Native born
Archie Roach at the Sydney Festival 2015

Archie Roach
The Aurora
10 January 2015, Sydney Festival

The Aurora Spiegeltent, nestled inside Sydney Festival’s temporary Hyde Park “village”, has the feel of an old-fashioned travelling big-top. The stage is small and low to the ground; the audience sit on wooden folding chairs. It’s a congenial space, with a hint of magic – appropriate surrounds for Archie Roach, a true elder of Australian songwriting, who builds passionate music out of modest materials.

Tonight’s performance is a showcase for Roach’s early albums, including his debut, Charcoal Lane (1990), which established his reputation and won two ARIA awards, and Looking For Butter Boy (1997), which won three. But this is no museum piece, stifled by false reverence. Roach and his small band – Steve Hadley on double bass, Craig Pilkington on acoustic guitar, and Jen Anderson on mandolin and violin – bring the songs alive in the moment, their playing supple and strong.

Roach’s singing voice is perfectly suited to popular music’s foundational genres of blues, country and soul. It is a weathered voice, gruffer in the lower range than it once was, but lyrical. He has a vibrato that brings to mind the great American rhythm and blues singer Aaron Neville, and an ear for vocal melody reminiscent of British singer-songwriter Billy Bragg, creating moods that are at once melancholy and buoyant. Tonight he is supported by two excellent backing vocalists, Nancy Bates and Mindy Kwanten. “Song women, strong women,” as Roach describes them.

So many of Roach’s songs concern childhood, in part because his own was so fractured, and in part, as he tells us, because he identifies so strongly with children and their undiminished sense of wonder. ‘Took the Children Away’ arrives early in his set, introduced matter-of-factly as “the song I’m best known for”. It’s a song that shouldn’t have to exist, its very presence in the world evidence of an indelible wound, a grief both personal and collective. Because and not in spite of this, it is a song of hard-won grace, a secular hymn into which Roach, very generously, invites the mostly white audience sat in front of him, for a chance at understanding and what might be redemption.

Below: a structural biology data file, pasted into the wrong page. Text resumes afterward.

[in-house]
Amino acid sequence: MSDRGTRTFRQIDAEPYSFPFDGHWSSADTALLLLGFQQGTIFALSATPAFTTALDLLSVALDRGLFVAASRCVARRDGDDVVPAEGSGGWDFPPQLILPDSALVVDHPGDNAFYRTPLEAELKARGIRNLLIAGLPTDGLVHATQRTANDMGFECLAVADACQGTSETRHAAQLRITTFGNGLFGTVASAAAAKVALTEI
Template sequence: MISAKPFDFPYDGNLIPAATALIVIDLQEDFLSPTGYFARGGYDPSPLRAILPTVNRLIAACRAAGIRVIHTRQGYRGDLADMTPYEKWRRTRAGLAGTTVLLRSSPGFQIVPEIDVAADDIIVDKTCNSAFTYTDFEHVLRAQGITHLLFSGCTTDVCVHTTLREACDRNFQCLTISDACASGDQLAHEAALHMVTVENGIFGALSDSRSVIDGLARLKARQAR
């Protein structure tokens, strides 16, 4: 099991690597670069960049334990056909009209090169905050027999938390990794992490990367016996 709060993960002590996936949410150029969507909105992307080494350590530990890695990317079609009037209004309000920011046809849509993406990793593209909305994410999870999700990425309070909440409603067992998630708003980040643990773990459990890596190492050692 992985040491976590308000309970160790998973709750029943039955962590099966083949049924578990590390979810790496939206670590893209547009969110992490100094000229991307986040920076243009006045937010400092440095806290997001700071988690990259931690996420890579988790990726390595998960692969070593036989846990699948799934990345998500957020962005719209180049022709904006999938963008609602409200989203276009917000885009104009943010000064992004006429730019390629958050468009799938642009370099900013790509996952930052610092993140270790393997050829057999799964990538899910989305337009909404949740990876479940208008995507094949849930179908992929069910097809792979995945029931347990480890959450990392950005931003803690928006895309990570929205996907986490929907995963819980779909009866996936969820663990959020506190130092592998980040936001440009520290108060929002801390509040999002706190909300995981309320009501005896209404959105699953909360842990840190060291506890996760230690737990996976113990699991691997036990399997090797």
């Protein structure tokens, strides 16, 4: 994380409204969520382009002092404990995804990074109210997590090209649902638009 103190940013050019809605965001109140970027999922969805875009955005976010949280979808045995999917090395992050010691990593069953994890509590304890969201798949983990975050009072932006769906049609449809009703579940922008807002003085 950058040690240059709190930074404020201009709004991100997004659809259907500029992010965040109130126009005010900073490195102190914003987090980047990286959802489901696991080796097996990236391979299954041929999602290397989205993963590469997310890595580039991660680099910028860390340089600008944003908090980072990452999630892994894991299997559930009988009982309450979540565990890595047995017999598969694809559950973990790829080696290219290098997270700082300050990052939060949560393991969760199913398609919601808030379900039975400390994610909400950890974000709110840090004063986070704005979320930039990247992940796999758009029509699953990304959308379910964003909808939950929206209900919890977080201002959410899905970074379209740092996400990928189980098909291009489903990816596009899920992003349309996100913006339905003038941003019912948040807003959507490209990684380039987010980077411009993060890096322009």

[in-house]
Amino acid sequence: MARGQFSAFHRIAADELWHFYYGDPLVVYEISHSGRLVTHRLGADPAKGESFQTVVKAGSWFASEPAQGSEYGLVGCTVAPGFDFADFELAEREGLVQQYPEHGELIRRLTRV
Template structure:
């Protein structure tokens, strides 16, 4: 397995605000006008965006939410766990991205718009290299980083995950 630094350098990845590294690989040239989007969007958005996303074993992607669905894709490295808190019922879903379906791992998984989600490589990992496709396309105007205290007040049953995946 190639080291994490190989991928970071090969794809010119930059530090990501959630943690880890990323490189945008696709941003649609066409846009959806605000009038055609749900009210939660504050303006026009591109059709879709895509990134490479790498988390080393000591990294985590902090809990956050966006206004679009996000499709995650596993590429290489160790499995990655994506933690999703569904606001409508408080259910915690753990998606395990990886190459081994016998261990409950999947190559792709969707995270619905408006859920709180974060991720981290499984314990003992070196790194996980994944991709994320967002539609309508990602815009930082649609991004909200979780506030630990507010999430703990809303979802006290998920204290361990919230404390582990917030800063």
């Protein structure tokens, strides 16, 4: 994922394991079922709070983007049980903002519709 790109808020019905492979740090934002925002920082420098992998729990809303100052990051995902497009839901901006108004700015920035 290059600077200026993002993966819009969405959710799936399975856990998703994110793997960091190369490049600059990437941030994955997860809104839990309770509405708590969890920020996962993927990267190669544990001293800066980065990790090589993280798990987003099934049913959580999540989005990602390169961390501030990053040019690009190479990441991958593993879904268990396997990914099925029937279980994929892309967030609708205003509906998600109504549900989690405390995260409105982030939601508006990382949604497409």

Roach tells us anecdotes of his adoptive Scottish parents, his childhood friends, his fellow musicians, and of his late partner, singer-songwriter Ruby Hunter. In prose he is an elliptical storyteller, pausing frequently, nervously strumming upon on his acoustic guitar. But the songs are direct: ‘Down City Streets’, a song of Hunter’s that appeared on Charcoal Lane; ‘Beggar Man’, which echoes it. Songs of penury, but also of camaraderie – those old street fellas were real gentlemen, Roach tells us. “I didn’t exactly mean to survive myself,” writes the African-American poet Saeed Jones, and the line comes to my mind: what it means to have survived official policies designed to erase you, and the kind of impulse to self-destruction that might arise in the face of this.

“Won’t you tell me the stories of when I was a child?” sings Roach on ‘Old Mission Road’, a more recent song, a classic country ballad with which he closes his set. He’s talked too much, he apologises; we’ve run out of time for more – but what he has given us is enough. Roach has a great musical gift: no matter the circumstances or the era, he would surely have been a songwriter. But his gift has been honed and practised through the decades, in the face of real and particular hardship, and now his presence, just there within arm’s reach of his audience, feels very precious.

Anwen Crawford

Anwen Crawford is The Monthly’s music critic.

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